Kumar Harsh Technical writer and software developer based in India.

Understanding inheritance in React Native

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Understanding Inheritance React Native

Code reusability is one of the strongest pillars of modern application development; without the ability to reuse code in multiple places while still maintaining its integrity, developing applications of large scale would be impractical. Inheritance is a software programming concept that enables code reuse on a wide scale.

In this article, we’ll explore inheritance and learn how to implement it in React Native. Later in the article, we’ll discuss some other popular methods of code reuse and see how they fare against inheritance. Let’s get started!

What is inheritance?

Inheritance is one of the fundamental concepts of object-oriented programming. It enables a class to be derived from another class and carry over its property and methods. Access to the base class’s properties and methods can be controlled via access modifiers, and new properties and methods can be added easily to implement custom business logic.

To understand it better, let’s run through an example. Imagine you have the following JavaScript class:

class Car {

 constructor() {
   this.wheels = 4
   this.color = "RED"
 }
  accelerate () {
   // Logic to accelerate here
   console.log("accelerate called") 
 }
  stop () {
   // Logic to stop vehicle
   console.log("stop called")
 }

 honk () {
   // Logic to honk the horn
   console.log("honk!")
 }

 printInfo() {
   console.log("Wheels: " + this.wheels + " Color:  " + this.color)
 }
}

Let’s say you wanted to create a similar class for a bus. Now, you know that it would probably have the same functions for accelerating, stopping, and honking. However, it would have a different number of wheels, let’s say 8, and possibly a different color. It could also perform an additional function, like opening the passenger doors.

The code below shows how to implement it easily by inheriting all of Car’s properties and methods:

class Bus extends Car {
 constructor() {
   super()
   this.wheels = 8
   this.color = "BLUE"
 }

 openPassengerDoors () {
   // Logic to open passenger doors here
   console.log("openPassengerDoors called")
 }
}

The extends keyword enables the Bus class to extend the features of the Car class and add its own. You can check it out for yourself:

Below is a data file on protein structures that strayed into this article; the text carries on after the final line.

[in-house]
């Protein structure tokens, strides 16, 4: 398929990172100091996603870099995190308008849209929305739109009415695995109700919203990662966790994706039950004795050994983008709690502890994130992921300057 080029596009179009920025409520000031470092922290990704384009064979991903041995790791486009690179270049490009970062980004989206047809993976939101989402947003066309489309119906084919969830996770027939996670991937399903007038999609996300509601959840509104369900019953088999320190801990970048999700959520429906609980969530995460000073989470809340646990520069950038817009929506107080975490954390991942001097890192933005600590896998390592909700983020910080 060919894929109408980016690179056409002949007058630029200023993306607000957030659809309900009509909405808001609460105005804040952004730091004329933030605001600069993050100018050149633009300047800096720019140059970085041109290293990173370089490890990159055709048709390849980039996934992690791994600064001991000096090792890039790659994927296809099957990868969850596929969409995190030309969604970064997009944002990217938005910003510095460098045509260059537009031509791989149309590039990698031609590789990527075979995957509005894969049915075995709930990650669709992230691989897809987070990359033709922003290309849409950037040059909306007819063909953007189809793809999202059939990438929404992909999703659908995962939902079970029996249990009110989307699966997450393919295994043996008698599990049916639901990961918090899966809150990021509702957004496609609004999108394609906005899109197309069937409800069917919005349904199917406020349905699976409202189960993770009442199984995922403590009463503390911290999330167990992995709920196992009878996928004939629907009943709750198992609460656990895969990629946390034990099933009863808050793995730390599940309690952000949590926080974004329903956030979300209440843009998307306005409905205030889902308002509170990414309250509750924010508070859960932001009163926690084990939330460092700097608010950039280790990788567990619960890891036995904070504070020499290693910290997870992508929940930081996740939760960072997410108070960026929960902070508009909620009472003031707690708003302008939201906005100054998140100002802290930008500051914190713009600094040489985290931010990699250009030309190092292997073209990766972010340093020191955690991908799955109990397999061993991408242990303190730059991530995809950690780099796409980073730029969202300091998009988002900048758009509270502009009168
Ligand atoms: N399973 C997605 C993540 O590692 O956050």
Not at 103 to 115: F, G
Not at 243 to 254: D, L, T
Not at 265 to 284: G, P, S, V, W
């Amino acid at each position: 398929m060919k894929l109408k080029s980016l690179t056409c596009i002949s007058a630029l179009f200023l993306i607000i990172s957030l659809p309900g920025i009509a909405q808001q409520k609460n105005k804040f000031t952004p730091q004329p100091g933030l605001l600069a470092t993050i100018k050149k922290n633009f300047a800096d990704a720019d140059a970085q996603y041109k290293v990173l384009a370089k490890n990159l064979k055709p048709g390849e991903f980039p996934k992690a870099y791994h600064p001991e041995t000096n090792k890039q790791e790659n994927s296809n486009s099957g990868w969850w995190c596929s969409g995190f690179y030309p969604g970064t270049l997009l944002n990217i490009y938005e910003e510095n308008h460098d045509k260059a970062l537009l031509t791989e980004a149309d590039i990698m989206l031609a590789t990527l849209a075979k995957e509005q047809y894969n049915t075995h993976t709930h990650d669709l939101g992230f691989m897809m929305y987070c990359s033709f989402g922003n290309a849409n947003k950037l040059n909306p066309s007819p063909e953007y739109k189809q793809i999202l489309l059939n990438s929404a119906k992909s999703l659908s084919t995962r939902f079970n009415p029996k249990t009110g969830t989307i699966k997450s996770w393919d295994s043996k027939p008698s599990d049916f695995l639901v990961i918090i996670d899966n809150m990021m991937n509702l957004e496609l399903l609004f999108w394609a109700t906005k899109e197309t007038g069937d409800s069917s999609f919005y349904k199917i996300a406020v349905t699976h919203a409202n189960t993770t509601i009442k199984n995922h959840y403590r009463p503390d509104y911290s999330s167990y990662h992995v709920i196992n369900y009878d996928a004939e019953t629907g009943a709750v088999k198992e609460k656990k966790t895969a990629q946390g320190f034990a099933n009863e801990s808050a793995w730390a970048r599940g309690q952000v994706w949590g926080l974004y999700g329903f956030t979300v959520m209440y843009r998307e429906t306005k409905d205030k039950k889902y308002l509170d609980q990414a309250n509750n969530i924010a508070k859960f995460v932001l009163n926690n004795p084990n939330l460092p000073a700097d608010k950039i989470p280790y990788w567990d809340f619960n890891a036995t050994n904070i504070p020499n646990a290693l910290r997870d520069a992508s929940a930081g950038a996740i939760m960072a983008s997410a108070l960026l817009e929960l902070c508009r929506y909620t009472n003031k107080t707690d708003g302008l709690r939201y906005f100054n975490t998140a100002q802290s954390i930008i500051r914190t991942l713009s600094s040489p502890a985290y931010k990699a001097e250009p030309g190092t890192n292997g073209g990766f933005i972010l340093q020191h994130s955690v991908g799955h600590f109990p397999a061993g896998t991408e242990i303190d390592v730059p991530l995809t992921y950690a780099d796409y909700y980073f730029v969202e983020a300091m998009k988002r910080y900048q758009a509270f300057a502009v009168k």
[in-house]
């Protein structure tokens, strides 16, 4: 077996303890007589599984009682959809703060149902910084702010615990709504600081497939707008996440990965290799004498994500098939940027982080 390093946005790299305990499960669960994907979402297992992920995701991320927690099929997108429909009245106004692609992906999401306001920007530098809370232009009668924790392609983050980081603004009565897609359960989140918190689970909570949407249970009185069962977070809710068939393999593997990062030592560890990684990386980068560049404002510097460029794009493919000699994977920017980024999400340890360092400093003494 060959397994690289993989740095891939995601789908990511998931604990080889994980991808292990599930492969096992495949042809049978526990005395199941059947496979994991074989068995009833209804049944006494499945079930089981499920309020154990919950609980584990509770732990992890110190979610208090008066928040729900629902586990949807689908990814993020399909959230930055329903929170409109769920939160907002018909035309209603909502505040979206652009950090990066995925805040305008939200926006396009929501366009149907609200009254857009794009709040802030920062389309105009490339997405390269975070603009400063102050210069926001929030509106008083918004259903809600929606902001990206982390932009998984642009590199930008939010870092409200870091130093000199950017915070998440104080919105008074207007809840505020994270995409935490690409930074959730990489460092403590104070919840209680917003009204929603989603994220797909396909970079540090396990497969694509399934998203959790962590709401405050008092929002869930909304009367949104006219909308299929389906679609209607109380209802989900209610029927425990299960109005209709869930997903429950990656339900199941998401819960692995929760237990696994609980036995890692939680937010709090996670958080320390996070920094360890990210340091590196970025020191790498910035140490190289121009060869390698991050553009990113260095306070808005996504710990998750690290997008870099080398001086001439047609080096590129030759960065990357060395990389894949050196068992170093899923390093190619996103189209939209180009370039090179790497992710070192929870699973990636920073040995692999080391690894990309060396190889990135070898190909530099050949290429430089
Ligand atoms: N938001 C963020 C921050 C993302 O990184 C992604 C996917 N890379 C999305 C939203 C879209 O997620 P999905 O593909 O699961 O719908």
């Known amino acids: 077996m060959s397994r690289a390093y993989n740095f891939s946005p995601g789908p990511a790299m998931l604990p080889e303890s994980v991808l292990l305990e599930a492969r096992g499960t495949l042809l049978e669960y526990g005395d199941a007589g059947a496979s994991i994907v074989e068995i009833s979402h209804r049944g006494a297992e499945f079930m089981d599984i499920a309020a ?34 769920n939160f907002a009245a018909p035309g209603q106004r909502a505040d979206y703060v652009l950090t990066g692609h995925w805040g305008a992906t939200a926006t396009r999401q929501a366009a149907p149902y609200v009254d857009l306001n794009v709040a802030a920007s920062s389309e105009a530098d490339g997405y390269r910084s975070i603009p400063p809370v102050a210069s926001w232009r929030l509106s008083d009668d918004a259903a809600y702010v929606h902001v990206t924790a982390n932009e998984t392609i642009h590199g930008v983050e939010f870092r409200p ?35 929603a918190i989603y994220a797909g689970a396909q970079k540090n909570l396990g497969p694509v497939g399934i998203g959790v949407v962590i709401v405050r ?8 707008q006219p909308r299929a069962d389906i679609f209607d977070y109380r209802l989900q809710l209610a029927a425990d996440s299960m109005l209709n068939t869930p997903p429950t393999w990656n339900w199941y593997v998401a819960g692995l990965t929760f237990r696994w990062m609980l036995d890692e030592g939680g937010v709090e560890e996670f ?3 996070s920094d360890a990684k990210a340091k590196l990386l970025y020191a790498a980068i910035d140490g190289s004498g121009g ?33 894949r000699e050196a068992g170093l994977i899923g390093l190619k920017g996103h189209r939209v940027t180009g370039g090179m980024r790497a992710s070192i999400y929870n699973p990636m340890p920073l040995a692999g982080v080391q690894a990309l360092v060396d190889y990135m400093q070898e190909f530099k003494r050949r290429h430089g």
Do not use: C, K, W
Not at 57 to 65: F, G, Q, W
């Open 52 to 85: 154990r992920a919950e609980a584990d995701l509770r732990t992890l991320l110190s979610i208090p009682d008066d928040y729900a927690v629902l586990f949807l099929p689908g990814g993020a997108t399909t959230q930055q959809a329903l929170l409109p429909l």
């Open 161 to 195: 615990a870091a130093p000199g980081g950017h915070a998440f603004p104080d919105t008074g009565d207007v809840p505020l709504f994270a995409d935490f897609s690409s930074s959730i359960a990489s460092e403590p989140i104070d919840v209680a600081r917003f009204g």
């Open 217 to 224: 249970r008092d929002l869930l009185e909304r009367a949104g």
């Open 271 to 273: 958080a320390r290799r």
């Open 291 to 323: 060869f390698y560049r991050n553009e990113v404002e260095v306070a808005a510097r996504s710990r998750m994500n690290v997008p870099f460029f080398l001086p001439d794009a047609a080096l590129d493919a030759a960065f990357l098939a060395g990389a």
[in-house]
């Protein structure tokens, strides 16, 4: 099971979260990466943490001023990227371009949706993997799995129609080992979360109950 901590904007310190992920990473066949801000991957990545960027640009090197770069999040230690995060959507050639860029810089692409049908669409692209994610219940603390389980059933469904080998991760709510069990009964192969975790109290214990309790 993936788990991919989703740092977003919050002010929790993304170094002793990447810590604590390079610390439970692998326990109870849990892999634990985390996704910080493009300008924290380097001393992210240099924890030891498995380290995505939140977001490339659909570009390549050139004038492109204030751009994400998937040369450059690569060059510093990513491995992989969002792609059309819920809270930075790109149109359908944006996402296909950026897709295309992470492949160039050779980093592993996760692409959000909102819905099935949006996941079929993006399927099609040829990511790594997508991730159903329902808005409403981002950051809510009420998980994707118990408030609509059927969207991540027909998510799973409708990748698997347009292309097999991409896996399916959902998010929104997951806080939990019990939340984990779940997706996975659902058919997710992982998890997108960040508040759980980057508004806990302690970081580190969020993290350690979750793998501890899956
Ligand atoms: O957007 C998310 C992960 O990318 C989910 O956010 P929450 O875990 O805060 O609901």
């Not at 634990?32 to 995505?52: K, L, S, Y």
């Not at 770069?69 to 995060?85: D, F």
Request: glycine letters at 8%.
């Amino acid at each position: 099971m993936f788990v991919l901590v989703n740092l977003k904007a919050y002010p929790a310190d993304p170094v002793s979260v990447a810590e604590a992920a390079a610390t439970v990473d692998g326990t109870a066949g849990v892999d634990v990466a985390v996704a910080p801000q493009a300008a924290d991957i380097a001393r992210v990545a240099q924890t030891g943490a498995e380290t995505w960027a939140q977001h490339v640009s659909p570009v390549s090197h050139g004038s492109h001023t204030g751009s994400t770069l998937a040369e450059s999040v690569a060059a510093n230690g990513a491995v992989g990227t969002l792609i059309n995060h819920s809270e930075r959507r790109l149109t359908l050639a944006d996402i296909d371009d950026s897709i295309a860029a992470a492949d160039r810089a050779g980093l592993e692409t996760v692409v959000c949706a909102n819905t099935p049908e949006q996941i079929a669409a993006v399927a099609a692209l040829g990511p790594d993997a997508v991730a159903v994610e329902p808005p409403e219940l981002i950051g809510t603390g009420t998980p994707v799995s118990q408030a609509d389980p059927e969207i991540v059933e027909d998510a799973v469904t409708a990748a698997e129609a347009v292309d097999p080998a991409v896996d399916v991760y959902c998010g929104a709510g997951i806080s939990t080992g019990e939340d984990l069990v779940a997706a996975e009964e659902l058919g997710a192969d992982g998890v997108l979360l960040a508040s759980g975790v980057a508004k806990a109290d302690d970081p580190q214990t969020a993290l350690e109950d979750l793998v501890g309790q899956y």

// Create new instances of both classes
const car = new Car()
const bus = new Bus()

// Print their properties' values
car.printInfo()
// Output: Wheels: 4 Color:  RED
bus.printInfo()
// Output: Wheels: 8 Color:  BLUE

// Call the accelerate method
car.accelerate()
// Output: accelerate called
bus.accelerate()
// Output: accelerate called

// Call the newly created method
bus.openPassengerDoors()
// Output: openPassengerDoors called

With this approach, inheritance makes it simple for you to reuse existing logic without having to rewrite it all over again. Some of the other benefits of using inheritance include:

  • Flexibility to write and update the base code in one place
  • Saves time and effort that would have been spent rewriting the same code again
  • Provides a clear structure of relationships between classes
  • Allows for access modifiers to control how the inherited data is used by the children’s classes

What is React Native?

React Native is one of the most popular hybrid application development frameworks in 2022. Based on JavaScript, React Native can help you create apps quickly for both Android and iOS using the same codebase.

Inspired by React, another popular JavaScript framework that is used to develop web applications, React Native was created by Facebook in 2015 and has since been open-sourced. React Native uses the concept of components to scaffold and compose complex UI screens.

Since each app can contain up to hundreds of components, it is important to organize them well and draw meaningful relationships, helping to keep maintenance efforts low and making it easy to push updates in the future.